You’re welcome.

We’re privileged to be in a community with so many hard-working and inspiring farmers, both male and female, who are out there everyday in the elements, doing hard and valuable work - caring for animals, growing beautiful and healthy food, advocating for sustainability, stewarding the earth. Here’s to you! Here's to the bug bite scars, the sore muscles, the constant need for a shower, the frustrating moments when you can't figure out why something isn't working. The self-doubt and the victories and the breathtaking moments at sunset when you can't imagine doing anything else - those are all a part of the journey. Those dirty nails aren't going away anytime soon, are they? Good. Because in sifting the soil through our fingers, we become more connected to our roots, to who we are as humans.

Farmers or not, we can all do our part in redeeming the earth, little by little. Because once you've held that privilege and joy in our hands, you can never go back. In the best possible way.

Simple With Tsh Oxenreider Podcast Episode 140

Hey friends! Just wanted to share that I'm on the podcast Simple with Tsh Oxenreider today, talking about Kindred Farm and all the ways farming has personally changed me. It was truly a joy talking with Tsh and sharing my/our story!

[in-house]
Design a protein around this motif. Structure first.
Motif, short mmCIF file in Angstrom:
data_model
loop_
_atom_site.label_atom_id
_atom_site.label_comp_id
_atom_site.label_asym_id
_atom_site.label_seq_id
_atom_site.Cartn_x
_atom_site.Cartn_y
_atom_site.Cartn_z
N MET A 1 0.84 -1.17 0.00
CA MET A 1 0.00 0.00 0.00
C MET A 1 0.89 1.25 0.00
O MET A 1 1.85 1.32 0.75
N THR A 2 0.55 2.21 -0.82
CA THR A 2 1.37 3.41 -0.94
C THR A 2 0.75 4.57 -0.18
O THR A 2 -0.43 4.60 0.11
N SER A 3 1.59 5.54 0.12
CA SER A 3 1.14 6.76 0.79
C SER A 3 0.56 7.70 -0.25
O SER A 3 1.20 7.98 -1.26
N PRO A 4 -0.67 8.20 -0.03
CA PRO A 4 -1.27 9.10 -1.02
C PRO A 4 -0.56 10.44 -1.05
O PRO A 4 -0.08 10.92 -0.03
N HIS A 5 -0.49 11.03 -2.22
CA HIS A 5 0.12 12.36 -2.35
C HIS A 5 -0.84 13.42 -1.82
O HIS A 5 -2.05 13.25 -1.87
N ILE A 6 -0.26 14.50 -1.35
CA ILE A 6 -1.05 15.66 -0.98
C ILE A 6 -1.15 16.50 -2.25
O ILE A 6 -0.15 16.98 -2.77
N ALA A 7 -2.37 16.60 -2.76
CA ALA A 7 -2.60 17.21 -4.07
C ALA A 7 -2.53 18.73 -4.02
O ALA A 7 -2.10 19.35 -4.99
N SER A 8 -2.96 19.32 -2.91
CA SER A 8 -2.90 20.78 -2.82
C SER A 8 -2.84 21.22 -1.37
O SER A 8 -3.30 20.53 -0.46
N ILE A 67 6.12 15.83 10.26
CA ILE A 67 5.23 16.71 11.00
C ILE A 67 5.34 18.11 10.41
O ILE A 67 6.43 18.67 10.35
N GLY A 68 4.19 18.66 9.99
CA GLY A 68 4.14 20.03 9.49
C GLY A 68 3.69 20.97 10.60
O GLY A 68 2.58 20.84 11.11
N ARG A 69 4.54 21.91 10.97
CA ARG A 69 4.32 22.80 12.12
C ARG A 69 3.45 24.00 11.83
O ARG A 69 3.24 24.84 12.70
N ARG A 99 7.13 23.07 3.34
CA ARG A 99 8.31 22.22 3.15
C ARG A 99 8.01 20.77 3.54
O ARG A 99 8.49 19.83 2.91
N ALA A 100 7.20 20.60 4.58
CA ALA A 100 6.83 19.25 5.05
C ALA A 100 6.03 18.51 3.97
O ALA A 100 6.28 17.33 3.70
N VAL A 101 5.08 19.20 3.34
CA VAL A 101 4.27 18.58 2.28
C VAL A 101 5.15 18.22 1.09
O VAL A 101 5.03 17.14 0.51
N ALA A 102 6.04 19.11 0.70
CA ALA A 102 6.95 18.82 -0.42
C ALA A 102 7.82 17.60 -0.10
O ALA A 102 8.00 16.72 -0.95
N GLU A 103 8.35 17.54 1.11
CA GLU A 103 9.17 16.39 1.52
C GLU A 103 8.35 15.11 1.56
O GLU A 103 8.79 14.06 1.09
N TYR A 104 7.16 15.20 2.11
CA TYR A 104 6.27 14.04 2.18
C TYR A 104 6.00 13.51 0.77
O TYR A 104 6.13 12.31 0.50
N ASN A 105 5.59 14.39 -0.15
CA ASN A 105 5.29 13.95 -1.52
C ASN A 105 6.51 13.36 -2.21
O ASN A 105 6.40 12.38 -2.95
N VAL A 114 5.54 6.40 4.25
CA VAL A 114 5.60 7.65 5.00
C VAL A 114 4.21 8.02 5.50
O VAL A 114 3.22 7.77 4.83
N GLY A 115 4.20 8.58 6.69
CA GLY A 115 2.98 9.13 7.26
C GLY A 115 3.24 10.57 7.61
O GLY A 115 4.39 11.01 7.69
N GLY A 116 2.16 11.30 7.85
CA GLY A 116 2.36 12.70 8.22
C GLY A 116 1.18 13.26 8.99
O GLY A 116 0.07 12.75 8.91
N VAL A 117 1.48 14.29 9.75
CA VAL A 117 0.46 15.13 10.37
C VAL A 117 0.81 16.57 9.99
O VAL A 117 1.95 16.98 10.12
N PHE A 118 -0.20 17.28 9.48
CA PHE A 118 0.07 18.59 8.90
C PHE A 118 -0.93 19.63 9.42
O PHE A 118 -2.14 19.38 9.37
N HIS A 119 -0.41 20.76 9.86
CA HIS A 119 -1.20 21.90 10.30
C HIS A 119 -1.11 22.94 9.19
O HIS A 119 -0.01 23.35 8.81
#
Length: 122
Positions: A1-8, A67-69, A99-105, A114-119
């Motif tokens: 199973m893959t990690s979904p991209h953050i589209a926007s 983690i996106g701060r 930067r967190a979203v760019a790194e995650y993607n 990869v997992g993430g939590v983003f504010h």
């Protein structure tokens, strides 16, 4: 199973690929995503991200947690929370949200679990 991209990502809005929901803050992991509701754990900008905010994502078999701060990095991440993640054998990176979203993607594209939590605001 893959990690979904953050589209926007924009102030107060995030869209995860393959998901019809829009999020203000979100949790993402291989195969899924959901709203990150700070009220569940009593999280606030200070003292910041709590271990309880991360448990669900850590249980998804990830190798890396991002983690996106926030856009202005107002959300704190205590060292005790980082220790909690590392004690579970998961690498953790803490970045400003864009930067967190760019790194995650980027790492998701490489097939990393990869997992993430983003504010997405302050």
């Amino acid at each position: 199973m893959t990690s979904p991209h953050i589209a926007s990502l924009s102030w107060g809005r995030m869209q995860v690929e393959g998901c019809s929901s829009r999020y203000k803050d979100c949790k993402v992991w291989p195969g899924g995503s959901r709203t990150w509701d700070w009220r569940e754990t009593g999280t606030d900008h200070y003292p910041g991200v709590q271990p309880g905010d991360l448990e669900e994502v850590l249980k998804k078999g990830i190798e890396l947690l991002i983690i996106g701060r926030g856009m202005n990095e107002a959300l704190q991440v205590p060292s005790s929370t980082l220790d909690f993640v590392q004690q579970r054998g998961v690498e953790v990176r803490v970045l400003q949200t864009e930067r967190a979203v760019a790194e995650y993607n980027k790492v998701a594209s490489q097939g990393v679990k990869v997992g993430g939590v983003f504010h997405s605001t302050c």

"I had all these fears, but it’s actually been the complete opposite of everything I was afraid of. I’ve actually found myself in a lot of ways since becoming a farmer that I completely did not expect...Farming has pushed me physically and emotionally and helped me learn what I’m capable of as a woman."

Listen to the whole thing here or in iTunes - it's episode 140...

"Homeschooling On An Organic Farm" - For Wild + Free

I'm so honored to have a piece entitled "Homeschooling On An Organic Farm" in the latest Wild + Free bundle called "Wander." Wild + Free is a beautiful homeschool community that has inspired me like no other - it's full of diverse yet like-minded mamas all across the world who want to provide the space and time for our children to explore, engage with the world, and have the freedom to become who they're meant to be as childhood is preserved and slowly unraveled. Each month, they release online bundles chock full of articles and tutorials to inspire homeschool mamas, or really anyone who wants to parent more slowly and intentionally. The monthly subscription includes a gorgeous print magazine as well. You can subscribe to the monthly bundles here

Here's a little sample...